Sir Constantine, King of Cornwall
Arthurian Literary Character
Though he was the supposed half-nephew of King Arthur, Sir Constantine was one of the less prominent Knights of the Round Table. His father was Sir Cador, the King of Cornwall.
Along with Sir Baudwin, Arthur entrusted him with the joint-regency of Britain when he left to fight his continental war against Emperor Lucius of Rome. Constantine was therefore in position to receive the throne when Arthur died without an heir. As one of the few survivors of the battle of Camlann, the King gave him the crown of Britain on his deathbed. Sir Constantine was a good king, who restored order to the realm and the Archbishop of Canterbury to his diocese. He faced many problems with the invading Saxons and with the two rebellious sons of the wicked Sir Mordred, but was able to overcome them. When Mordred's sons took refuge in churches in Winchester and London, Constantine pursued them and, disguising himself as a Bishop, killed them both before the high-altars. Constantine tried unsuccessfully to persuade Sirs Bors, Ector de Maris, Blamore, Bleoberis and other former companions to remain with him in England after Lancelot's death and to keep up the Order of the Round Table; but the flower of Arthur's knighthood had either been slaughtered, moved to Gaul or entered the solitary life of a hermit.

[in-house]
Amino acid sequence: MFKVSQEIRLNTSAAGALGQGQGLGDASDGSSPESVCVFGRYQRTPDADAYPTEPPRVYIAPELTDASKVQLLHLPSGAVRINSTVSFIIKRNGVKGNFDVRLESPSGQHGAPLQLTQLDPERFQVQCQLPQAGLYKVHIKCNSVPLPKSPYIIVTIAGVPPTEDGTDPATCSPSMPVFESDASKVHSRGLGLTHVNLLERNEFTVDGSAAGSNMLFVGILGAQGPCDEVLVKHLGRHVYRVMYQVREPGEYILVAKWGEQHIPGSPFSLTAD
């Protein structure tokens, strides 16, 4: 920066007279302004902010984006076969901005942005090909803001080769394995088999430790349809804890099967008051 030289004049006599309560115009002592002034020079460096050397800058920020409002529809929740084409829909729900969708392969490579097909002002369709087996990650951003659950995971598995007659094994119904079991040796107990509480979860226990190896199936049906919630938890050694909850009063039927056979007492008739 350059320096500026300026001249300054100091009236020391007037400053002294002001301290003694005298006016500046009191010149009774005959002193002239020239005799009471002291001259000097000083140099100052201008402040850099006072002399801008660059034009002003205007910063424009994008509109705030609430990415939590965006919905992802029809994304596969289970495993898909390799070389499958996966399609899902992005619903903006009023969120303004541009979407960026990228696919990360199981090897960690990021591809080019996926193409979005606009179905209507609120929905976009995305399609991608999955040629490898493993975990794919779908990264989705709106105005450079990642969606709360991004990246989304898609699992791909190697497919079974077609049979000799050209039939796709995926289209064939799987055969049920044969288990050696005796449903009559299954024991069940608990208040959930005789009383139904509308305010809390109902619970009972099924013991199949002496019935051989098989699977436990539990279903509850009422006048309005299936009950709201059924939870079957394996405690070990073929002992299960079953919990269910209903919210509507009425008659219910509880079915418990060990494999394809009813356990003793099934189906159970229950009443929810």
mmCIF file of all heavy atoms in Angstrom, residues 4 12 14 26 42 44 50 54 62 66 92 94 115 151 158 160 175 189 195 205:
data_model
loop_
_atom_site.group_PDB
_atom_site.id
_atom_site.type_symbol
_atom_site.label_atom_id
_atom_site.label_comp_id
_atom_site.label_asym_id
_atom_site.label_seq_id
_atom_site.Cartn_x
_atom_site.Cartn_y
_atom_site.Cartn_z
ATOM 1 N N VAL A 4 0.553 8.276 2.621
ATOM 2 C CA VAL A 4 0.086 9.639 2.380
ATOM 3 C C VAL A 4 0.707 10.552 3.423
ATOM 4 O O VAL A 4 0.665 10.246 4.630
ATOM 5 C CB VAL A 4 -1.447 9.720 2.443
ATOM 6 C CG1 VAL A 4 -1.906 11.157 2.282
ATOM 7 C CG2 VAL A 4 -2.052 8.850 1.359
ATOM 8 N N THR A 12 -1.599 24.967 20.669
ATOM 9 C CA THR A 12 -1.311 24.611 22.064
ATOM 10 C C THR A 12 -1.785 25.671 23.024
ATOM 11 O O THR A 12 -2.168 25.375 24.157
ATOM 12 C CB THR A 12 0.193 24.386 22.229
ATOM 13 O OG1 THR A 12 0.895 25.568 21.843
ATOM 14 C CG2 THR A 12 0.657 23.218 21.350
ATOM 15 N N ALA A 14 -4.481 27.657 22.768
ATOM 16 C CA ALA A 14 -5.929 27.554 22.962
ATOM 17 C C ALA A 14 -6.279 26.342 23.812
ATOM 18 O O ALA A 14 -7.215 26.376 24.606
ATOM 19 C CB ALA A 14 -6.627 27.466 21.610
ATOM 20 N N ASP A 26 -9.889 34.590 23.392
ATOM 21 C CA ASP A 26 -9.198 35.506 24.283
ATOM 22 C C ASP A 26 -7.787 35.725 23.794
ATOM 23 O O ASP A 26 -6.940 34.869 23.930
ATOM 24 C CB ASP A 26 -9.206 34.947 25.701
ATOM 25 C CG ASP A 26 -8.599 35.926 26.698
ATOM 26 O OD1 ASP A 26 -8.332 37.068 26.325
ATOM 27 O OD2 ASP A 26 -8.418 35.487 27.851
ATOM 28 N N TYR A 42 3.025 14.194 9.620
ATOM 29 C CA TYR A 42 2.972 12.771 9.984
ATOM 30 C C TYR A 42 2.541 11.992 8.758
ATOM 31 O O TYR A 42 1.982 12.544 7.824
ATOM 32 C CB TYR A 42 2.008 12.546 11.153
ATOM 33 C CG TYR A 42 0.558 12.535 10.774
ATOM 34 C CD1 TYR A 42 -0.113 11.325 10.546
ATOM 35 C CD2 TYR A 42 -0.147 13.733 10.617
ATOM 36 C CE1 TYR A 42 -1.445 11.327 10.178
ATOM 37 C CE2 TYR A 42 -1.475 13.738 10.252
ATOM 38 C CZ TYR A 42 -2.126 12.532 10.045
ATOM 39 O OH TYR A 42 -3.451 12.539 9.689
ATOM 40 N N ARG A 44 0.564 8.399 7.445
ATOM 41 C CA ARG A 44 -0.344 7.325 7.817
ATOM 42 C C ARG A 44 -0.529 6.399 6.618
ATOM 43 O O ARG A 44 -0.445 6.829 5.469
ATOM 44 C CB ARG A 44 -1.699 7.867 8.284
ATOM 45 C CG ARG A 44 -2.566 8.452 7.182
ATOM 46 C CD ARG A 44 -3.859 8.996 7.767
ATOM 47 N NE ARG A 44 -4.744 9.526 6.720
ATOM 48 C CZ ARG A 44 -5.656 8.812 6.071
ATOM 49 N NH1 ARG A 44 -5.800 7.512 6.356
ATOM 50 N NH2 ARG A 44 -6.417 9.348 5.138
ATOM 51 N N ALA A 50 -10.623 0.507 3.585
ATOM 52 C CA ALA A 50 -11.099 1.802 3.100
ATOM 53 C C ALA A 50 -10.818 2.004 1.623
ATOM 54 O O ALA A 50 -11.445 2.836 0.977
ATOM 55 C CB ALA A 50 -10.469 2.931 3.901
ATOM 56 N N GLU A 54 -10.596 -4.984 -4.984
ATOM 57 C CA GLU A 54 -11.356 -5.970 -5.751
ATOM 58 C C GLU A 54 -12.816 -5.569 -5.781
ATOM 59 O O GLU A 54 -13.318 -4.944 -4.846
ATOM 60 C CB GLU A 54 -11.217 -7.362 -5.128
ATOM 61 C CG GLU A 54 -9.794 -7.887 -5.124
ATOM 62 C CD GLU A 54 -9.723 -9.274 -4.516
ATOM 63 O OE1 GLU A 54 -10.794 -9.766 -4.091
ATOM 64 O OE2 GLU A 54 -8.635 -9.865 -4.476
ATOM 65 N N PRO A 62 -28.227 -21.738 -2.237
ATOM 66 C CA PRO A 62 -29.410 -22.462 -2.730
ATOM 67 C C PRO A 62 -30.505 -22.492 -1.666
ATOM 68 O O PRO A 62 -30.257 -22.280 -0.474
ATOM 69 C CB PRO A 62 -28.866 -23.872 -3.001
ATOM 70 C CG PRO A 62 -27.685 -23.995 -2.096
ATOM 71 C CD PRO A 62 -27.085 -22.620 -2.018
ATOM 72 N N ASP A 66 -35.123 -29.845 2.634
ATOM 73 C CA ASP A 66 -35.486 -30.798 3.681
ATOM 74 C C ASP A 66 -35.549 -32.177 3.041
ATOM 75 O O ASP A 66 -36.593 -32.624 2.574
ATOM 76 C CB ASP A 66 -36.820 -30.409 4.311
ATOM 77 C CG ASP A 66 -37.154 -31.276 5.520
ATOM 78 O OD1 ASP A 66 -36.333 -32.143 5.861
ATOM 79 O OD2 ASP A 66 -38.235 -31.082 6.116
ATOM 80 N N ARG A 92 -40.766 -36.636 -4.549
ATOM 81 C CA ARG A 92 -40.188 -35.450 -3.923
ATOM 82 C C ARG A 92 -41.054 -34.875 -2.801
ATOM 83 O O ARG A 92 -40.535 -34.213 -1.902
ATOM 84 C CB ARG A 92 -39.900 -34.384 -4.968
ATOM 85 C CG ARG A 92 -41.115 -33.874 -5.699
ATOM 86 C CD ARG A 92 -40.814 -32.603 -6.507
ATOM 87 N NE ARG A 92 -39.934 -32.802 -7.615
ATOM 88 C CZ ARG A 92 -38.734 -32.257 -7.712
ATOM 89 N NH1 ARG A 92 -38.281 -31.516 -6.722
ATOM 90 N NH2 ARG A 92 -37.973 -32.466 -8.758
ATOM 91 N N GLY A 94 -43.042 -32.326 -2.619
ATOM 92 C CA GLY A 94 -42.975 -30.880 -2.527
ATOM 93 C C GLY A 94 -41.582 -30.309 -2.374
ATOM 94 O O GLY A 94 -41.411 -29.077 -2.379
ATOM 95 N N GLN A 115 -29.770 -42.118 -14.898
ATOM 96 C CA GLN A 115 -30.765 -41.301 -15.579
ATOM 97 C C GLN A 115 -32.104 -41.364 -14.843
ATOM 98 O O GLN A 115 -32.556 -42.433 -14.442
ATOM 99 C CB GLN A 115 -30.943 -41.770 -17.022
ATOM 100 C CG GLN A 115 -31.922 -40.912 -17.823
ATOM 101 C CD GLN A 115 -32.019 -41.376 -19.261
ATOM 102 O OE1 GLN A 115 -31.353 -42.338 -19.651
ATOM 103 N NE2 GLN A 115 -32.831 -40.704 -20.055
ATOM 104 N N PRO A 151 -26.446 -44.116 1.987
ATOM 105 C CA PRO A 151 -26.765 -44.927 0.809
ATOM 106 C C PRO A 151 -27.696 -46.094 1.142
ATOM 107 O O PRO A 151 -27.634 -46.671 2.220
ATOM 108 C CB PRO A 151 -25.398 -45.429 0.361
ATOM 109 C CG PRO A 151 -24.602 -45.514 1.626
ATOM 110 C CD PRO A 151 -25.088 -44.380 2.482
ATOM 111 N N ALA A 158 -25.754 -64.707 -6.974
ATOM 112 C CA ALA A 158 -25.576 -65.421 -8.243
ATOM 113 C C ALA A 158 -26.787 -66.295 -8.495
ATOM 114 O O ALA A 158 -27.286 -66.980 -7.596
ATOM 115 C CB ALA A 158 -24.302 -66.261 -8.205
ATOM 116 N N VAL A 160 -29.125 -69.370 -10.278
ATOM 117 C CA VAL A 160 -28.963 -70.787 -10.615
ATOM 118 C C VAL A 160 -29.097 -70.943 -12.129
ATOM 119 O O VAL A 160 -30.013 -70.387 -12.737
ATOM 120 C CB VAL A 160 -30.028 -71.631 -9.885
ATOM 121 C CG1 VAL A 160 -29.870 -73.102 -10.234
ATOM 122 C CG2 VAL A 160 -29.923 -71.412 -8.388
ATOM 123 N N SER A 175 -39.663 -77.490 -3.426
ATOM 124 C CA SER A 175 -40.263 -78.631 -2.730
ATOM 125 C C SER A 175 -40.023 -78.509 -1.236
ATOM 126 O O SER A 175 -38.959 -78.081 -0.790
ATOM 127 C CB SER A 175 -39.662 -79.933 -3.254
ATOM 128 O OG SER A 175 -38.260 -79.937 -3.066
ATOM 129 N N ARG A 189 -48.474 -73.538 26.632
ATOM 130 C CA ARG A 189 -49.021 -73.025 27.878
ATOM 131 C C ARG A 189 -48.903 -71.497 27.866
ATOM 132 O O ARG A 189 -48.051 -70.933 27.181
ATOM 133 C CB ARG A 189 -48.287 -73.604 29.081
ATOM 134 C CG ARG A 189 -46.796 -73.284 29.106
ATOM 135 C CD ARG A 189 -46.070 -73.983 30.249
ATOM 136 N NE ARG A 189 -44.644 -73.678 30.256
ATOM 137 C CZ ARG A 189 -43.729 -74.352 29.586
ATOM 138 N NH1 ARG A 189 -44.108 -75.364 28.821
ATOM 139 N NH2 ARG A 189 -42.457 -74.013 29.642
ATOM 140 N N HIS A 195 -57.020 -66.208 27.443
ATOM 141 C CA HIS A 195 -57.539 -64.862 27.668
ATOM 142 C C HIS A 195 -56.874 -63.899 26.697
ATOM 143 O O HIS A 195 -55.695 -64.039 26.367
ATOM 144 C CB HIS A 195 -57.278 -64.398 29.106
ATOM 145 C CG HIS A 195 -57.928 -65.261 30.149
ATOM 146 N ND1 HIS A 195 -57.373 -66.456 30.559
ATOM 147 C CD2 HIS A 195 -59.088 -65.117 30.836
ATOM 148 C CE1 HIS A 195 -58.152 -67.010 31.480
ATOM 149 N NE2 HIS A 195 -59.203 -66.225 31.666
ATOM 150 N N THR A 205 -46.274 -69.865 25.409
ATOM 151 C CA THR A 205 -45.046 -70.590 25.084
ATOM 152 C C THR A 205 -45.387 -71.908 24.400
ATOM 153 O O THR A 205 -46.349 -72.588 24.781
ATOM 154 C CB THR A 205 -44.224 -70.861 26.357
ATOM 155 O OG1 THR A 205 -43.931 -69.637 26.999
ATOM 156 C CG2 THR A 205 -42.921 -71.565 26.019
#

He should be identified with the historical King Constantine of Dumnonia (Cornwall/Devon/Somerset) who lived in the late 6th century. He was the son of King Cado and is best known for having been rebuked by St. Gildas for his wicked ways, though he later became revered as a saint!
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